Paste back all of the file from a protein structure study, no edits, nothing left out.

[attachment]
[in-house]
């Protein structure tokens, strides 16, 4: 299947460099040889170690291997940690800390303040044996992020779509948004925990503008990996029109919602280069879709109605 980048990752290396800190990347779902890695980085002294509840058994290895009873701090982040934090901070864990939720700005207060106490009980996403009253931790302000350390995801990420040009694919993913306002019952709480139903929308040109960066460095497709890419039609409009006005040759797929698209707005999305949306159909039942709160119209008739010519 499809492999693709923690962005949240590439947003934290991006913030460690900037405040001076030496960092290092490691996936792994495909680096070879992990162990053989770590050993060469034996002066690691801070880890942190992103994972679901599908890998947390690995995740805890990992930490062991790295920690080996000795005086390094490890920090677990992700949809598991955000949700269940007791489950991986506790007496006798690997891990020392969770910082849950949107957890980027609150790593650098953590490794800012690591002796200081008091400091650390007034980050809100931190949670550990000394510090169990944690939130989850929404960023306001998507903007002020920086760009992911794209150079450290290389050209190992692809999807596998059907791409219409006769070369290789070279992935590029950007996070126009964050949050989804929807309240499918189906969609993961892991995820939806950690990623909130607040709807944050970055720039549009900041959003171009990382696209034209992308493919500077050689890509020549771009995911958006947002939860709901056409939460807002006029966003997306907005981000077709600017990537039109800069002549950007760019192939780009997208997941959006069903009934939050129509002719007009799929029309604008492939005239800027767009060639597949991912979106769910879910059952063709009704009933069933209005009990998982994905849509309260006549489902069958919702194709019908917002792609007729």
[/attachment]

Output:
[in-house]
């Protein structure tokens, strides 16, 4: 299947460099040889170690291997940690800390303040044996992020779509948004925990503008990996029109919602280069879709109605 980048990752290396800190990347779902890695980085002294509840058994290895009873701090982040934090901070864990939720700005207060106490009980996403009253931790302000350390995801990420040009694919993913306002019952709480139903929308040109960066460095497709890419039609409009006005040759797929698209707005999305949306159909039942709160119209008739010519 499809492999693709923690962005949240590439947003934290991006913030460690900037405040001076030496960092290092490691996936792994495909680096070879992990162990053989770590050993060469034996002066690691801070880890942190992103994972679901599908890998947390690995995740805890990992930490062991790295920690080996000795005086390094490890920090677990992700949809598991955000949700269940007791489950991986506790007496006798690997891990020392969770910082849950949107957890980027609150790593650098953590490794800012690591002796200081008091400091650390007034980050809100931190949670550990000394510090169990944690939130989850929404960023306001998507903007002020920086760009992911794209150079450290290389050209190992692809999807596998059907791409219409006769070369290789070279992935590029950007996070126009964050949050989804929807309240499918189906969609993961892991995820939806950690990623909130607040709807944050970055720039549009900041959003171009990382696209034209992308493919500077050689890509020549771009995911958006947002939860709901056409939460807002006029966003997306907005981000077709600017990537039109800069002549950007760019192939780009997208997941959006069903009934939050129509002719007009799929029309604008492939005239800027767009060639597949991912979106769910879910059952063709009704009933069933209005009990998982994905849509309260006549489902069958919702194709019908917002792609007729």